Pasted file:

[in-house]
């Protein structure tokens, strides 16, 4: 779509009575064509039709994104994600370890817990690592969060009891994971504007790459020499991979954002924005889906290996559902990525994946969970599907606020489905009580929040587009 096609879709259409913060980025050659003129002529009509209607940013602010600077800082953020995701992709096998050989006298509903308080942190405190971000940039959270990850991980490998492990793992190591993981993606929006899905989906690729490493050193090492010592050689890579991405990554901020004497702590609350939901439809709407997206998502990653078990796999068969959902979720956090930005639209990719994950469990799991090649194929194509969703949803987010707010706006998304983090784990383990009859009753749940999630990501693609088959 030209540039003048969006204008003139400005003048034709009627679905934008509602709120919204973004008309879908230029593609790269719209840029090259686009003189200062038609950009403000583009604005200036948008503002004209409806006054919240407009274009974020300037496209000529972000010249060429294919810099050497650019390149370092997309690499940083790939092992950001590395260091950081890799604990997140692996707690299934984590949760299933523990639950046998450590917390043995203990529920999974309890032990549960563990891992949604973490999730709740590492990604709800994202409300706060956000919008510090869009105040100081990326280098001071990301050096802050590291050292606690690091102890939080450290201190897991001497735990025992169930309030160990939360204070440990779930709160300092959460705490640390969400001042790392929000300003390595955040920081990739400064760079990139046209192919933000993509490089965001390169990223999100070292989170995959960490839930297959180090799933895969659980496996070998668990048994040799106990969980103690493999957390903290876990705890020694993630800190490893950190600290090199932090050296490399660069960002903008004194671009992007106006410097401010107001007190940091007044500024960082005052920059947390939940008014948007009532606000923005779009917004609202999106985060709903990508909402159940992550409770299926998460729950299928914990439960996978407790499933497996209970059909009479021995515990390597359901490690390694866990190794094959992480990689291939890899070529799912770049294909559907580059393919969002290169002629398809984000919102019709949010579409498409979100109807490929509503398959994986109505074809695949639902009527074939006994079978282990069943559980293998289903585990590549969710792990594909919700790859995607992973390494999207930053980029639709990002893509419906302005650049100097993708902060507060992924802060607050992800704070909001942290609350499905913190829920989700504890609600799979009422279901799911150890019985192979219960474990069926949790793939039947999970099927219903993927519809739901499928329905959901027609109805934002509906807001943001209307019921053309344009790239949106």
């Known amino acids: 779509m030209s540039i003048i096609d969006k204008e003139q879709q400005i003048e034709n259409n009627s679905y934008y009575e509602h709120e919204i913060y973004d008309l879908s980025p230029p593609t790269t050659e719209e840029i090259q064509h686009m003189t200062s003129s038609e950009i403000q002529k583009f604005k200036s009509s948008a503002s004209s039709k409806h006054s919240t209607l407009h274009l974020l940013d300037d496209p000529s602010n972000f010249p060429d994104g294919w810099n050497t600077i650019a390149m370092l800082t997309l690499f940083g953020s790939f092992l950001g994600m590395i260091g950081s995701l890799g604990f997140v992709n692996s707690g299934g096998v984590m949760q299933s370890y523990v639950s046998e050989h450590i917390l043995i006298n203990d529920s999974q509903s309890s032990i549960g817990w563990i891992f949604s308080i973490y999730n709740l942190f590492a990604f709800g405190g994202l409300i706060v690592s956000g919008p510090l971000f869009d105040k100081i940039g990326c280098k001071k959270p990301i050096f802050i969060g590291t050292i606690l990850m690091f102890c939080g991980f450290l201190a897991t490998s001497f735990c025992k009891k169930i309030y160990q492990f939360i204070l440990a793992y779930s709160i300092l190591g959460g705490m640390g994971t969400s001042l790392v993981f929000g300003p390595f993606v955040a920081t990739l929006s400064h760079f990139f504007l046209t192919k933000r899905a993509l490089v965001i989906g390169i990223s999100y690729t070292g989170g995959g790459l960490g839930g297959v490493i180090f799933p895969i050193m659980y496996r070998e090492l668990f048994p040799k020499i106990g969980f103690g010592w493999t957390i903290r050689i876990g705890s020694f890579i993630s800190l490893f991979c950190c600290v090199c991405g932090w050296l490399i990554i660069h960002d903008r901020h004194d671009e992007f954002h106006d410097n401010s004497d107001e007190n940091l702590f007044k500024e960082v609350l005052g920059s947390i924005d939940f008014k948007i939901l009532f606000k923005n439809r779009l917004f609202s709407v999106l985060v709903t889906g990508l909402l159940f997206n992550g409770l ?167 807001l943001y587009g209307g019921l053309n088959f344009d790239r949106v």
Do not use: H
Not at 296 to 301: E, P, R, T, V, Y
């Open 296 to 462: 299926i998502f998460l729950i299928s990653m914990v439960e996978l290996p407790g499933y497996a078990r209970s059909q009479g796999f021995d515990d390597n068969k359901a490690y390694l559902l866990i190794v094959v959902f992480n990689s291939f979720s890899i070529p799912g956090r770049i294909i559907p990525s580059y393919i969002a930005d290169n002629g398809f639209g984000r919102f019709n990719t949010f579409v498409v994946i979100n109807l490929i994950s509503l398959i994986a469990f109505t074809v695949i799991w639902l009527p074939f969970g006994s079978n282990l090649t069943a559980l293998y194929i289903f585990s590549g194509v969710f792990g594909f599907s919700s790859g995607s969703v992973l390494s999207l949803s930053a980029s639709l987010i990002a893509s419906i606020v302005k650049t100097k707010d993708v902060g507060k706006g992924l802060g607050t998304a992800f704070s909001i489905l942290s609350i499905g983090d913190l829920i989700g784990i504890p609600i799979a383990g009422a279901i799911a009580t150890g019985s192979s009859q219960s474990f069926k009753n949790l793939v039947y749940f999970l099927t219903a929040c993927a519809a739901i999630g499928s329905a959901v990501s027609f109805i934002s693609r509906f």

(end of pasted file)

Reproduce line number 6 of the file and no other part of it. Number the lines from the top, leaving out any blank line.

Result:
């Open 296 to 462: 299926i998502f998460l729950i299928s990653m914990v439960e996978l290996p407790g499933y497996a078990r209970s059909q009479g796999f021995d515990d390597n068969k359901a490690y390694l559902l866990i190794v094959v959902f992480n990689s291939f979720s890899i070529p799912g956090r770049i294909i559907p990525s580059y393919i969002a930005d290169n002629g398809f639209g984000r919102f019709n990719t949010f579409v498409v994946i979100n109807l490929i994950s509503l398959i994986a469990f109505t074809v695949i799991w639902l009527p074939f969970g006994s079978n282990l090649t069943a559980l293998y194929i289903f585990s590549g194509v969710f792990g594909f599907s919700s790859g995607s969703v992973l390494s999207l949803s930053a980029s639709l987010i990002a893509s419906i606020v302005k650049t100097k707010d993708v902060g507060k706006g992924l802060g607050t998304a992800f704070s909001i489905l942290s609350i499905g983090d913190l829920i989700g784990i504890p609600i799979a383990g009422a279901i799911a009580t150890g019985s192979s009859q219960s474990f069926k009753n949790l793939v039947y749940f999970l099927t219903a929040c993927a519809a739901i999630g499928s329905a959901v990501s027609f109805i934002s693609r509906f």